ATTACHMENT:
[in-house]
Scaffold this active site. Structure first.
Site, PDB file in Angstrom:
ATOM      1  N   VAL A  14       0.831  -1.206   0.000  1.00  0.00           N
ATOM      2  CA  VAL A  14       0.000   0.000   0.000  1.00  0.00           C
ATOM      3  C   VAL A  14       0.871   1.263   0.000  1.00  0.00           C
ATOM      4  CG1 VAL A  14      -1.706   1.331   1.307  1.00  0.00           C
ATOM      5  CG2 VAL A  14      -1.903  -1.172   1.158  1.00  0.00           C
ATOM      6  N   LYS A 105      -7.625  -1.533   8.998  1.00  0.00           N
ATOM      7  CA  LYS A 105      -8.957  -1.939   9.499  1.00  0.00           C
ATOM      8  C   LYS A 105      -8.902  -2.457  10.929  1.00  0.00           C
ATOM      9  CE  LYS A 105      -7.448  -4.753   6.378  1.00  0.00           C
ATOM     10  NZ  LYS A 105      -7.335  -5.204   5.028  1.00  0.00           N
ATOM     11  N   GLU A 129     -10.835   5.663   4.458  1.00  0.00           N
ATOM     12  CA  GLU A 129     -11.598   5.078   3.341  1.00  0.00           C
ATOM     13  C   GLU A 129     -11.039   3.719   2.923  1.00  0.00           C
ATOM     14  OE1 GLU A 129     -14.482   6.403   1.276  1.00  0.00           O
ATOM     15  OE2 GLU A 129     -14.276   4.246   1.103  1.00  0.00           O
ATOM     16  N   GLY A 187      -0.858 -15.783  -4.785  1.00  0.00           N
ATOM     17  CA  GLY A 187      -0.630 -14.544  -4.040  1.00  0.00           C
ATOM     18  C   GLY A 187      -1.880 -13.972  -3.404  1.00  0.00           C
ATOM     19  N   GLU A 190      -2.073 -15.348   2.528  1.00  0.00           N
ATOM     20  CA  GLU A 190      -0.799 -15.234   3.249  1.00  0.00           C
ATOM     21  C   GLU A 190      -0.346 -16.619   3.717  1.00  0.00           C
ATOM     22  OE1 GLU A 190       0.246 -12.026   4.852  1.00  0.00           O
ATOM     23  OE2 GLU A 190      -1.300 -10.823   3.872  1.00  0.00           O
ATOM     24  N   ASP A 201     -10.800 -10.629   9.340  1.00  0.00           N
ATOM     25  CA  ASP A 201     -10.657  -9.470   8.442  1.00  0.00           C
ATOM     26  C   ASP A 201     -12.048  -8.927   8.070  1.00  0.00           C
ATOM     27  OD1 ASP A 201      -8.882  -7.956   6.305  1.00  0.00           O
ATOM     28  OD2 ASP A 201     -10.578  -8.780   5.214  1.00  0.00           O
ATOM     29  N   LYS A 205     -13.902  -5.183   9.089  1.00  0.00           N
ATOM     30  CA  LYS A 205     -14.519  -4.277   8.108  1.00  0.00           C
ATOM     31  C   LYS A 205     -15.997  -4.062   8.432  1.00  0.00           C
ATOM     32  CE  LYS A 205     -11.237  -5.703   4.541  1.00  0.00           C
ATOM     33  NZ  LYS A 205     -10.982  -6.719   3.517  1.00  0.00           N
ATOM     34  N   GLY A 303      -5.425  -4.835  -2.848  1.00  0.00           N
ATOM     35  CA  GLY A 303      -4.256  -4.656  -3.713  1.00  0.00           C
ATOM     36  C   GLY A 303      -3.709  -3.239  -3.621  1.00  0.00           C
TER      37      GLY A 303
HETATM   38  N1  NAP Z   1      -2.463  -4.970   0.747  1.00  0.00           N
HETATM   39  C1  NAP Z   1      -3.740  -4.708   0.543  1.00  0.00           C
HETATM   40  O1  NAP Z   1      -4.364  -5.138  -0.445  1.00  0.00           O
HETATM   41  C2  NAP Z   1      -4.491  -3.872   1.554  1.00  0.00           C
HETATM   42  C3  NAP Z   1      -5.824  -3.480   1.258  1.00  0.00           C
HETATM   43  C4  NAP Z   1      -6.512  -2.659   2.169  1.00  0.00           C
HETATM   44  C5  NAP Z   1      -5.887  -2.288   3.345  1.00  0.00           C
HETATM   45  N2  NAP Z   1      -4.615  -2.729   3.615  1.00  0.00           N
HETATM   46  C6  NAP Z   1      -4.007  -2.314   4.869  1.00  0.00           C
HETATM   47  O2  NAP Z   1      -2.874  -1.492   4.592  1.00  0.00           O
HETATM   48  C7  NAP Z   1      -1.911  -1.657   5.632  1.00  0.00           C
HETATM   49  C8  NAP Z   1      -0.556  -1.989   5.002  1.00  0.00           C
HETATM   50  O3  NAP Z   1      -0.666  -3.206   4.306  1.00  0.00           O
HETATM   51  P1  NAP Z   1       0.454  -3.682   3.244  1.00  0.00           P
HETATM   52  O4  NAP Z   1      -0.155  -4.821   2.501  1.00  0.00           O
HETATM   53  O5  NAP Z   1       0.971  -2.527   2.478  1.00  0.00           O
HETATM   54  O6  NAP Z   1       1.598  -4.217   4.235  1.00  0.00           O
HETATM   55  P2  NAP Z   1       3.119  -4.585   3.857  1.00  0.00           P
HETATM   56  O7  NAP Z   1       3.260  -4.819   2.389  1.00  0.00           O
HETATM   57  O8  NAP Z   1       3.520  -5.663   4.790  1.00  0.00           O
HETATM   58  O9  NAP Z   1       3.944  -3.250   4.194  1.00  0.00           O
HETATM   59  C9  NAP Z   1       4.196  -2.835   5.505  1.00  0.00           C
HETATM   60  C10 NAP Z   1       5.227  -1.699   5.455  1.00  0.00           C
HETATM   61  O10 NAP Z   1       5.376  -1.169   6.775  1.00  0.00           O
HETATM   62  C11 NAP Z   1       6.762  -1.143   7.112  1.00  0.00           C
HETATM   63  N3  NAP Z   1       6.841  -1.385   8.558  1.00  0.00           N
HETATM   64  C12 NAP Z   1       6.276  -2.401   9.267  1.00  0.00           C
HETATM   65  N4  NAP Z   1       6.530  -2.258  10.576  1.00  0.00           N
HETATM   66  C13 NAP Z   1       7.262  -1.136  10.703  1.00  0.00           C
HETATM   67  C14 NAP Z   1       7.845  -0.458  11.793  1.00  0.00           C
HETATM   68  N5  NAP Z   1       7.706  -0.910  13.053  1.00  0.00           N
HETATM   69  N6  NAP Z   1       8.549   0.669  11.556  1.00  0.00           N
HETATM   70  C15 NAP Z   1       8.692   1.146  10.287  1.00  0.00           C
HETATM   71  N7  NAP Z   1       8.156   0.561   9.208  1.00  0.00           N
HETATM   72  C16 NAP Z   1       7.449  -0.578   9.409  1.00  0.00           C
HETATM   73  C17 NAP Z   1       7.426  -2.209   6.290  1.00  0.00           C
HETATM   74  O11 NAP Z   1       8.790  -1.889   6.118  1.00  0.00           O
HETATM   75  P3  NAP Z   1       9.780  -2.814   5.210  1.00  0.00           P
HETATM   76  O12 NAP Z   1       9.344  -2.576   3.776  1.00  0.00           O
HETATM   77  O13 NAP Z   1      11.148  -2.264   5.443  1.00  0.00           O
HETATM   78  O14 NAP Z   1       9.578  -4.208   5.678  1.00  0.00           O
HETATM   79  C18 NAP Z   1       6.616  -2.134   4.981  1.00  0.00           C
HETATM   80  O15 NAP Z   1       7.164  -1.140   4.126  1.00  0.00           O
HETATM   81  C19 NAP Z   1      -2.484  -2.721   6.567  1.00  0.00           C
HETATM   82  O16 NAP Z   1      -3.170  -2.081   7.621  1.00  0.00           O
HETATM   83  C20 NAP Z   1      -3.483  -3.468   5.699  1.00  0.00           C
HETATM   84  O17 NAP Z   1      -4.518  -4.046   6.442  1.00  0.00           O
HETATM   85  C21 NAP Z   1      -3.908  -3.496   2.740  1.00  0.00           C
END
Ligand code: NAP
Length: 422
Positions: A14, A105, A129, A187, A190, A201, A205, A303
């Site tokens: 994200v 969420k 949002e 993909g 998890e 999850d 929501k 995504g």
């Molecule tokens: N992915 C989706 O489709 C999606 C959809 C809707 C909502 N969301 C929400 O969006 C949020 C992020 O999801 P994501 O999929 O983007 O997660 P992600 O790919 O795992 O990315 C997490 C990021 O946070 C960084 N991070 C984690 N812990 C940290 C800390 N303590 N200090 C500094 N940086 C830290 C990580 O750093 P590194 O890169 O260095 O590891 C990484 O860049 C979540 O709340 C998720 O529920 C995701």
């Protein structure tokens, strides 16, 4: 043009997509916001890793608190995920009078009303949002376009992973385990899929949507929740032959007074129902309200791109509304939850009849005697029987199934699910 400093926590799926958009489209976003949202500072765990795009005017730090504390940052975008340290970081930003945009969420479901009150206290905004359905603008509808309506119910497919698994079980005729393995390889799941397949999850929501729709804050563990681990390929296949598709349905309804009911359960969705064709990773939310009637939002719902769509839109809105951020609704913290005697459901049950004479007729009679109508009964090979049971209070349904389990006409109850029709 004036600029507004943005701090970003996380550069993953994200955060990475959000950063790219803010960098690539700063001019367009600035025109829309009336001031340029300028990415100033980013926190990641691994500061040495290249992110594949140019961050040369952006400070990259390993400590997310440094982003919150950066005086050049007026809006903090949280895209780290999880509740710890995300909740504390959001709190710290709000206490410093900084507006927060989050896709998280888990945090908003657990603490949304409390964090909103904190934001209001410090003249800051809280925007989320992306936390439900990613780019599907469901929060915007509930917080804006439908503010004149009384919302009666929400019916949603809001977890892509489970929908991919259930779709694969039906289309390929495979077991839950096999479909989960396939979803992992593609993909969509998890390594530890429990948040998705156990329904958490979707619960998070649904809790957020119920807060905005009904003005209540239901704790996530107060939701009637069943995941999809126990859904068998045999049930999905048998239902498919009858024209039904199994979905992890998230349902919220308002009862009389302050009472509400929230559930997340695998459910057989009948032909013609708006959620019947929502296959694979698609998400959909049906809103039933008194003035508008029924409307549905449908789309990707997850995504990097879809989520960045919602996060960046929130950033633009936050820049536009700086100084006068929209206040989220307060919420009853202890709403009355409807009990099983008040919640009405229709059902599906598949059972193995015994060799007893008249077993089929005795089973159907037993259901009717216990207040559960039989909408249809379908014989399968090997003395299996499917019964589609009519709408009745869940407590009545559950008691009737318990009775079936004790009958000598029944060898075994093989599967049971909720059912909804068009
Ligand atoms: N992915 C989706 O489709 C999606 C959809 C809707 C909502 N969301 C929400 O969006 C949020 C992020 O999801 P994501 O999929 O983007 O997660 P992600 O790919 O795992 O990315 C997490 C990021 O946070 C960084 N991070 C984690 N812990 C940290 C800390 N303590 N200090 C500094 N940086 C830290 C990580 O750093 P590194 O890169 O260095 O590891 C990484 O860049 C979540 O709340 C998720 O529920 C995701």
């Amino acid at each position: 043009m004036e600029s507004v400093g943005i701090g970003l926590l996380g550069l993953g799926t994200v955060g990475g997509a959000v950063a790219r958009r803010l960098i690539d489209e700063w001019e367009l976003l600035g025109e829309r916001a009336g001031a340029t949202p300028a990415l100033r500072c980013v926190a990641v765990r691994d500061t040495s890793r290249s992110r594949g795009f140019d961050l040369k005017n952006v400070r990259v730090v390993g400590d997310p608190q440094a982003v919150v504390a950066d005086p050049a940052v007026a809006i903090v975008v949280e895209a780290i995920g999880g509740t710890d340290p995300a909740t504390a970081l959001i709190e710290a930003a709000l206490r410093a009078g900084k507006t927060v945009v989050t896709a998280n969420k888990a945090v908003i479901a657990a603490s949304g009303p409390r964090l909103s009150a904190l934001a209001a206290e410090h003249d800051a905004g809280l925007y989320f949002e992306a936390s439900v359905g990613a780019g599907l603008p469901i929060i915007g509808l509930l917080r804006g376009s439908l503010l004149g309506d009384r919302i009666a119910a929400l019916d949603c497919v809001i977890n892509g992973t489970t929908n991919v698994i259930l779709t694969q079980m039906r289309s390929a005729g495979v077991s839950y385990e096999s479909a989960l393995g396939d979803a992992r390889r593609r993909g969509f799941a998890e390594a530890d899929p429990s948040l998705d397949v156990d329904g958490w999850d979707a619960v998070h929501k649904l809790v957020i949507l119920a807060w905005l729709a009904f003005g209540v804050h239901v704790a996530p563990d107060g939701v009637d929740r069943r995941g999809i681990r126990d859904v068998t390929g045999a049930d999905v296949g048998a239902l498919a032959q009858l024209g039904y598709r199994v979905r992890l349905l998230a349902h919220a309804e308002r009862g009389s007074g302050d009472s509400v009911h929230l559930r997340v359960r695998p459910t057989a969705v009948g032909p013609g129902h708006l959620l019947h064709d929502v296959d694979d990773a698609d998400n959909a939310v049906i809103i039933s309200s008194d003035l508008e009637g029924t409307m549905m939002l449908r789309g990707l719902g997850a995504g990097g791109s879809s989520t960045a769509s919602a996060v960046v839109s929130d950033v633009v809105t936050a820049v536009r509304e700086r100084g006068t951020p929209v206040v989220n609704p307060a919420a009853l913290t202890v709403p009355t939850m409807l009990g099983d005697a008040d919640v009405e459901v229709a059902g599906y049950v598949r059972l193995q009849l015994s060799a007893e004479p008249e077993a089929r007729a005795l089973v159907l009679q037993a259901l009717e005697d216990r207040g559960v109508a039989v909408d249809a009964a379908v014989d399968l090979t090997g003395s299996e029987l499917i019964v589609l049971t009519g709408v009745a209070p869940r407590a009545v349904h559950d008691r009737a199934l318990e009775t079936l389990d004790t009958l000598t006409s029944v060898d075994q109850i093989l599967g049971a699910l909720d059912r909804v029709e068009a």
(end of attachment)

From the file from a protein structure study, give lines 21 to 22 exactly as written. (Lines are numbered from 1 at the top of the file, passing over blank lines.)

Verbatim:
ATOM     18  C   GLY A 187      -1.880 -13.972  -3.404  1.00  0.00           C
ATOM     19  N   GLU A 190      -2.073 -15.348   2.528  1.00  0.00           N